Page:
Opponents of Racial Violence Will Walk to Mass at Common

Leaders of Boston's black community will head a "walk" to Boston Common during today's papal mass to protest Friday's shooting of a black football player in Charlestown and to focus attention on the city's racial problems.

Participants in the march will gather at the Harriet Tubman House on the corner of Columbus and Mass. Ave., at 2 p.m. today. State Rep. Melvin H. King, the leader of the walk, refused to outline the route of the walk.


Supporters of the walk hope to take advantage of the Pope's arrival to emphasize the importance of cooperation and the ending of racial violence. "We intend to walk and raise the spiritual consciousness of this city with the moral and spiritual leader of a people here," King said.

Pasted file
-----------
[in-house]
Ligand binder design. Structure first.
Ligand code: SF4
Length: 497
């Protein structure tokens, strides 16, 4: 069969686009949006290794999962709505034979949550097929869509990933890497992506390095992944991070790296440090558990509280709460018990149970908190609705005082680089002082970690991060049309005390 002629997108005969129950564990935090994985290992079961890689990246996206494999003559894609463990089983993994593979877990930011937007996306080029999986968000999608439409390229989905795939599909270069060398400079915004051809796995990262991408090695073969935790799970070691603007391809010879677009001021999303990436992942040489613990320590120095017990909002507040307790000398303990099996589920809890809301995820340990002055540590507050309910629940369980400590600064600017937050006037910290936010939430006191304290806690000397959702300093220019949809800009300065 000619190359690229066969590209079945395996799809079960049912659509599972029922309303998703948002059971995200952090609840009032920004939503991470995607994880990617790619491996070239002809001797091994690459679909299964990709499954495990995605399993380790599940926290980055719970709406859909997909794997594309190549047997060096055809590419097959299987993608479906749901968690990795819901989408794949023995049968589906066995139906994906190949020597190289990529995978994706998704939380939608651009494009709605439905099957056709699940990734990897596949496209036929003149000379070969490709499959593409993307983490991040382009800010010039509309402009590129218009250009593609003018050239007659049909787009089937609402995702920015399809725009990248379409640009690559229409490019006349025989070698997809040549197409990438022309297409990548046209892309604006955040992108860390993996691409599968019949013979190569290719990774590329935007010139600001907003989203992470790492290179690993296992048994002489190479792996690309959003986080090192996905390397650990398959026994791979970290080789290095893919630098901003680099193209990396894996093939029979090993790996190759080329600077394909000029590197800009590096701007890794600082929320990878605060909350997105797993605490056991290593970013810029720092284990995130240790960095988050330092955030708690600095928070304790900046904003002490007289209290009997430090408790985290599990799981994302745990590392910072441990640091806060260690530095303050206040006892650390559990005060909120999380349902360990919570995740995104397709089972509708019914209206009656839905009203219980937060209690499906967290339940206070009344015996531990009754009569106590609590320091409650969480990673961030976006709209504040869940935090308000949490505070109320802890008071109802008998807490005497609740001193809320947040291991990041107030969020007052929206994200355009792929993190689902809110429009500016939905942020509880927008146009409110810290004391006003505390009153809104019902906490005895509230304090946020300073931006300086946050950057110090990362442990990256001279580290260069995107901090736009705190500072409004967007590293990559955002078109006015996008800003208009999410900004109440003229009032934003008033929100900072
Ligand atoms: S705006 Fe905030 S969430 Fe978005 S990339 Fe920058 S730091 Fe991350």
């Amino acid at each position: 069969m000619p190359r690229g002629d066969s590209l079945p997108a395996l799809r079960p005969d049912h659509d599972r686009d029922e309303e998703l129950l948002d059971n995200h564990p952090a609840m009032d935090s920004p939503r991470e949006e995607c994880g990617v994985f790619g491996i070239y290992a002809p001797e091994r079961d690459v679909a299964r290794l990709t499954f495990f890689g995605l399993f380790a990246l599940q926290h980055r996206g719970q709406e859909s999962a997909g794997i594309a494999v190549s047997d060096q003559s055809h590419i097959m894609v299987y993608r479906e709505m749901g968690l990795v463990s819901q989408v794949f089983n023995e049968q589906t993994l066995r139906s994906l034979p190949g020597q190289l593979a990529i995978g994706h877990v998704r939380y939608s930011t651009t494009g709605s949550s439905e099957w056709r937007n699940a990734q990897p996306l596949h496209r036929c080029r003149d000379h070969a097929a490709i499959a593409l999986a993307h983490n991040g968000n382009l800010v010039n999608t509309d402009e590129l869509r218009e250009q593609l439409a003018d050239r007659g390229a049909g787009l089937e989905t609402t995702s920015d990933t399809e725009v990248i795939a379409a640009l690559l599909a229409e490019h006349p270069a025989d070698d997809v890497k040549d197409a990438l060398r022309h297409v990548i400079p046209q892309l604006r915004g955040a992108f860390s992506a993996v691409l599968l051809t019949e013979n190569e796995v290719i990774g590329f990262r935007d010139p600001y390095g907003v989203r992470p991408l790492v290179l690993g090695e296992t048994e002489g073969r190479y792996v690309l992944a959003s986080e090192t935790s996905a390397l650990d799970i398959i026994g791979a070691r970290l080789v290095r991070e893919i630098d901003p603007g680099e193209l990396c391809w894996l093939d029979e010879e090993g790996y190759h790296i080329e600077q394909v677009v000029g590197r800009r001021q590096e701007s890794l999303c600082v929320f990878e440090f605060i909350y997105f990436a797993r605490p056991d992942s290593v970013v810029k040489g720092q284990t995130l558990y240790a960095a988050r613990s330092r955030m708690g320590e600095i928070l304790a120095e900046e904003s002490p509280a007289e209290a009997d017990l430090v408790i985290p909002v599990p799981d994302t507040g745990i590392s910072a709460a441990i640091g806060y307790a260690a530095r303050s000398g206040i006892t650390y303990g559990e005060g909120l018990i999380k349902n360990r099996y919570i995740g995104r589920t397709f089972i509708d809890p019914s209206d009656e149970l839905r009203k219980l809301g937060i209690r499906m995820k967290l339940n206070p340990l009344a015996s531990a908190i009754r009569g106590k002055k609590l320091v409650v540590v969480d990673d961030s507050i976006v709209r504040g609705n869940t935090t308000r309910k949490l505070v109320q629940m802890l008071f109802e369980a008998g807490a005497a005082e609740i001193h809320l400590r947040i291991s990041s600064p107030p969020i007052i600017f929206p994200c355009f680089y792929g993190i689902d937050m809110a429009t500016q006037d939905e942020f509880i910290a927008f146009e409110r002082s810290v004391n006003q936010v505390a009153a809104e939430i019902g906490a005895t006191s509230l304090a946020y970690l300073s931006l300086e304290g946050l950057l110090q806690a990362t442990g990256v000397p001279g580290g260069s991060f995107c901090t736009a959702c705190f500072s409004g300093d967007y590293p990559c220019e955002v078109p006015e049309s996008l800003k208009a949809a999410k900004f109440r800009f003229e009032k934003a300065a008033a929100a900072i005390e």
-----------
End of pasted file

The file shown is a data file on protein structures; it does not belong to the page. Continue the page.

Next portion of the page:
Some speakers at the South End meeting said they feared violence directed toward the walkers.


Donald Brown, Roxbury Coordinator of King's recent mayoral campaign, suggested that anyone concerned over this possibility not show up. "We don't want anybody out there who is afraid," said Brown.


In addition to calling for the end of racial violence and the prosecution of the assailants of Darryl Williams, the Jamaica Plain High football player shot in Friday's incident, the group will demand the resignation of James Kelly, a member of Boston Mayor Kevin H. White's administration and an opponent of busing for desegregation of the city's schools.

Support and Demand

Eugene J. Green '80, president of the Harvard Black Students Association (BSA), attended the meeting at the invitation of members of the coalition. Green announced in this meeting that black students were seriously concerned with the racial problems of Boston. He said that a group of black students, though not officially the BSA, are circulating a petition calling for a show of solidarity with the protesters.

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